Born Immortal Chapter 39

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Astyr took off her jacket and handed it to her mother, mentally kicking herself for not thinking to bring some extra clothes. Arianna put her painfully thin arms through the sleeves and wrapped the thick, black material around her emaciated body. Arianna hadn't had more than thin broth or gruel to eat in the nearly sixteen years that she had been held prisoner in the tiny stone cell and her appearance was a clear reflection of that. Her skin was pale and dry; hanging off of the bones that showed clearly through the wasted muscles. Her hair was dingy and hung down her back like a curtain of lifeless threads.

Her large, pale eyes were sunken into her skeletal face but they were the one area that was showing an improvement thanks to the donated blood that Astyr had given her. The energy that she had absorbed from it was lighting her eyes, giving them a shine that radiated through the gloom of the underground stone chamber and brought a smile to Tyr's worried face every time he looked at her. Even in her wasted condition, Tyr could see the woman inside who was full of love.

He couldn't help, in the beginning when they first met, comparing her to his first wife, Isis. Isis had been a cold and calculating woman who looked at life through eyes that were trained to look at the world around her in terms of what she could get out of it. Arianna looked at the world and thought only of what she could do to make it better. Isis was ambitious; she had been born to the ruler of the fertile east bank of the Nile River and she had been raised on adoration and worship, never learning contentment or consequence. Arianna had been born to the queen of the Alfar and had been raised to think of her duty to those around her.

Tyr's marriage with Isis had been an arrangement between their parents to bring the lands of Tyr's father in Syria together with the lands of her father in Egypt. Isis hadn't wanted to move away from the home she had grown up in; she didn't want to go to a land where the humans didn't know her name and wouldn't worship her. So she had done what she had always done best; she schemed. Before she was sent to Tyr for their wedding, she conspired with her cousin, allowing him to get her pregnant so that Tyr would refuse their marriage.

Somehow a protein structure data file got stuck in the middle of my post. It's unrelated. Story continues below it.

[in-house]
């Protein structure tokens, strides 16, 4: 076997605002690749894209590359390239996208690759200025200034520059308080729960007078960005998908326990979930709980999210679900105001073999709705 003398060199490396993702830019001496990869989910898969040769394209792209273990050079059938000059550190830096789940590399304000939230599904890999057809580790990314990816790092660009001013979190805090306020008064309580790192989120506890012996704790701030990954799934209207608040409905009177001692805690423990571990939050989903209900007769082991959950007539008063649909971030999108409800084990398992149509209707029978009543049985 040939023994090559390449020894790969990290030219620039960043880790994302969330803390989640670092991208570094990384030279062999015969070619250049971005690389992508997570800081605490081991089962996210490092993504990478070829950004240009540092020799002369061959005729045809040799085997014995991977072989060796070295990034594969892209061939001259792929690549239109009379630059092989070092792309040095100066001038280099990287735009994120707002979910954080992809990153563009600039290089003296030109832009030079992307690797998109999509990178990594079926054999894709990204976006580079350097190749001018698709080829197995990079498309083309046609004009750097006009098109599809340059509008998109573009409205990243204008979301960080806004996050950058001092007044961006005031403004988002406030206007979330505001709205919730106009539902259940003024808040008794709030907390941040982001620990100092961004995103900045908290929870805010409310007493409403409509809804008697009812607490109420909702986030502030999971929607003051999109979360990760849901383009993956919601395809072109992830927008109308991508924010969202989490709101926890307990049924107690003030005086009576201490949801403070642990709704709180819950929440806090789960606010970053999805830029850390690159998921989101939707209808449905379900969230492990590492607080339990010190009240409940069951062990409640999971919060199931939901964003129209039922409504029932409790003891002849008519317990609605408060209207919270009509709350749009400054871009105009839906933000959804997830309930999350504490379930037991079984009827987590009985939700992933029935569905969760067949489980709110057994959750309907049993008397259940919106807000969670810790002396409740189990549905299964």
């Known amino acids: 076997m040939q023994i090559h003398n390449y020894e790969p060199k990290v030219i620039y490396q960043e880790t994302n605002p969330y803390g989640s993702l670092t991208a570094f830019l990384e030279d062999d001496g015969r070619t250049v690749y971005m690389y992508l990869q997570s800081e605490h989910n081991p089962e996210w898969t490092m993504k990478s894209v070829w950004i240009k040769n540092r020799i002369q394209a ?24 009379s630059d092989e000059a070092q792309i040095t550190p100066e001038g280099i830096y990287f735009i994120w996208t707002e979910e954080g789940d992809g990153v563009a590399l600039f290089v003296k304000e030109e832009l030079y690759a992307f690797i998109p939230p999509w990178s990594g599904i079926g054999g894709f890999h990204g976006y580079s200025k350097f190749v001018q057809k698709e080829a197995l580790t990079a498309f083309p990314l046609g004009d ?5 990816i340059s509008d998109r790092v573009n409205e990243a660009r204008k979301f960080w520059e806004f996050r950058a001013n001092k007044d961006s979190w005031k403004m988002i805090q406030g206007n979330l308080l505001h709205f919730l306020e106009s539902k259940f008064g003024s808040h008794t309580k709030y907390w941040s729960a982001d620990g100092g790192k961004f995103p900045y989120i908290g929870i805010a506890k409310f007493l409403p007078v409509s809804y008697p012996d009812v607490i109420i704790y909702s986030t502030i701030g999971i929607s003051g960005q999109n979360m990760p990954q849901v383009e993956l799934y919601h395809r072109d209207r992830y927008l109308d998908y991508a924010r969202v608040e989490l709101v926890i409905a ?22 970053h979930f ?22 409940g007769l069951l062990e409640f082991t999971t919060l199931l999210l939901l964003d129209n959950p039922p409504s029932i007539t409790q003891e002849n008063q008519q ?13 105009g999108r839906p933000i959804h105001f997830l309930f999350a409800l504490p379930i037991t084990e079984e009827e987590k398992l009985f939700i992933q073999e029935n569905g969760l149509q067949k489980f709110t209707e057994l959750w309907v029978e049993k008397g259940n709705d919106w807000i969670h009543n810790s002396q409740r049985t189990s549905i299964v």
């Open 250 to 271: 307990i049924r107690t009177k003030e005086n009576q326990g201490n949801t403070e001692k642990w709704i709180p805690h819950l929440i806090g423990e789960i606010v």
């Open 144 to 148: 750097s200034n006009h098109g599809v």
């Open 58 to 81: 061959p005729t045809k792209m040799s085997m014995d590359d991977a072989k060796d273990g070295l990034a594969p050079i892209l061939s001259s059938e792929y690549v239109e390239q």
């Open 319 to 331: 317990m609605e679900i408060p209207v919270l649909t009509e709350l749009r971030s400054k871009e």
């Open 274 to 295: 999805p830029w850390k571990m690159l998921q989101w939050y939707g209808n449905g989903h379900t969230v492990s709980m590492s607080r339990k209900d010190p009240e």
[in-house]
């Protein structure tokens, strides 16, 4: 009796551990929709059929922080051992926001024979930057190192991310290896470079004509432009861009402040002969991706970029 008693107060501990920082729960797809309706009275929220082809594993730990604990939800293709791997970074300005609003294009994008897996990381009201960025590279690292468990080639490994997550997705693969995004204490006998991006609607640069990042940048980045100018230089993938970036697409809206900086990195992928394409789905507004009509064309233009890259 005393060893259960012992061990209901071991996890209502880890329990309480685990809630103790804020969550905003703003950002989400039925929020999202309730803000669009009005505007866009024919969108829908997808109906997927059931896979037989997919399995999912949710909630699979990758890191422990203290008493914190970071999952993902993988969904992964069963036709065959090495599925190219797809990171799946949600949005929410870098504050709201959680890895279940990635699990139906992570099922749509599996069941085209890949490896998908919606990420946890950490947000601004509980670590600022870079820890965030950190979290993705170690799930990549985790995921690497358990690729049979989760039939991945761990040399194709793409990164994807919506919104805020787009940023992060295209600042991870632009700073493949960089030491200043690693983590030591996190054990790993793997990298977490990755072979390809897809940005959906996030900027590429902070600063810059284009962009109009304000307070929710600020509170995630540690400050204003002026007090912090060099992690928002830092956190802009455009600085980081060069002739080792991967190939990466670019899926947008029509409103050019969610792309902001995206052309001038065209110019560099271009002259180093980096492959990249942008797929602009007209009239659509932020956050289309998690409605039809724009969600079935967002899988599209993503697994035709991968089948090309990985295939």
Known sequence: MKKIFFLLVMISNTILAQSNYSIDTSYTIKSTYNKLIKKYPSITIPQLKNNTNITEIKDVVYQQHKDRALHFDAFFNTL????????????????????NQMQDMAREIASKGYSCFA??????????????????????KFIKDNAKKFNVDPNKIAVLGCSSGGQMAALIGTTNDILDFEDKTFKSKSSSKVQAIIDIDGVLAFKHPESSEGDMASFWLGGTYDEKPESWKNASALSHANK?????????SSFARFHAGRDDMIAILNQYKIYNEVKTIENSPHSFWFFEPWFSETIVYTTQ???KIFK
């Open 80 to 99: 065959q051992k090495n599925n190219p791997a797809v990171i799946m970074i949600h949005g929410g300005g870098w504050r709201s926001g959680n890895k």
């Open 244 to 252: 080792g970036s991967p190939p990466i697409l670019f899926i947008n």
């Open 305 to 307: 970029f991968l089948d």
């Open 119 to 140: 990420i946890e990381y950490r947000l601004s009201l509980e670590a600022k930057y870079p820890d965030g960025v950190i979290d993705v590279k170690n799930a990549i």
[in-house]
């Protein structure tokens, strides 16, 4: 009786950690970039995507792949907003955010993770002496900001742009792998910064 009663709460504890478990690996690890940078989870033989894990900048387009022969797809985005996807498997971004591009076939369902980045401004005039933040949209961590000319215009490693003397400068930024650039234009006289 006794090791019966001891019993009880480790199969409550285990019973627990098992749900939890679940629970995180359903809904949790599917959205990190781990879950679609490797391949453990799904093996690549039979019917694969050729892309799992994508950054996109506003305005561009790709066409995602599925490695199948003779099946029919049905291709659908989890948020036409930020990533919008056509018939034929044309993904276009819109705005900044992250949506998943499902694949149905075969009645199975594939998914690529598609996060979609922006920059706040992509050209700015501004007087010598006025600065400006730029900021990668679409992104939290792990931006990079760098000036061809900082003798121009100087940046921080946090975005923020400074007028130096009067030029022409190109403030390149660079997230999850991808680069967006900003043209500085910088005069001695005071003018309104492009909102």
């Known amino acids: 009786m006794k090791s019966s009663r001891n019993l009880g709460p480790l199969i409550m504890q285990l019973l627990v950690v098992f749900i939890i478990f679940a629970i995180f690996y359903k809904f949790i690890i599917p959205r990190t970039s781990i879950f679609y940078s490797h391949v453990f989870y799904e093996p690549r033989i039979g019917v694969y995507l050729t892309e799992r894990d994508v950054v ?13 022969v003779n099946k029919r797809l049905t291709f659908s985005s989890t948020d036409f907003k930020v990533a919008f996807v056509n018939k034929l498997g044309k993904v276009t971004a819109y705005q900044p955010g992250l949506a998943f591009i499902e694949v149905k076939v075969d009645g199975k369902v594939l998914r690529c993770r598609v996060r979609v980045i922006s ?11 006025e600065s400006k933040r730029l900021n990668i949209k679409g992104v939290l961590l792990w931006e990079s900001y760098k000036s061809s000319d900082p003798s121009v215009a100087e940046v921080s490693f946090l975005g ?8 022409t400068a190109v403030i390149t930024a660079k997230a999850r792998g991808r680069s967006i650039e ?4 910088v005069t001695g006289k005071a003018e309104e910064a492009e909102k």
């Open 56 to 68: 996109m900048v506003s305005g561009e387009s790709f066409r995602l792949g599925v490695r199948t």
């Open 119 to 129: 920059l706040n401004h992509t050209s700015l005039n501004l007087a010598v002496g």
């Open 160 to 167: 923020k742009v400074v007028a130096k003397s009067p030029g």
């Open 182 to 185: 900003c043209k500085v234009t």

She had gotten what she wanted, in that regard. When Tyr discovered, on their wedding night, that she was already with child, he had sent her back to her father in a rage.

That was where her plot had gone wrong. Her father, incensed at her behavior, locked her away for centuries. She had spent her time raising her daughter, growing her hate and resentment, and plotting.

He cousin Osiris, the father of her child, finally managed to free her from her prison and together they went on a rampage of killing and revenge that left the fledgling Egypt in their power and under their dominion with no one but her younger brother, Set, to stand in her way.

Set fought both bravely and cunningly but he never quite managed to fully overthrow his sister and her powerful consort. What he did do, however, was to keep her occupied with maintaining her position and defending her throne so that she had no time to spare for getting back at Tyr.

The prolonged warfare did give her one advantage. Her need for an army that would implicitly obey her and give her their loyalty led her to the development of an elite corps of fighters made up entirely of her own daughters. She spent her centuries of imprisonment teaching Menha, who had been imprisoned with her, everything she knew just to pass the time. When she was free, she took that idea and expanded it, breeding warriors with the fighters she defeated and training those girls to fight for her. Sons were neither wanted nor tolerated.

Isis had then lived for thousands of years as a goddess. She had encouraged her humans to worship her, building temples in her honor and shedding their blood for her. She had been so well-known that her name was carved in stone and stories of her greatness were carried on to new lands as the boundaries of the world were pushed back and expanded. She would have gone on like that for even more millennia had it not been for the end of paganism.

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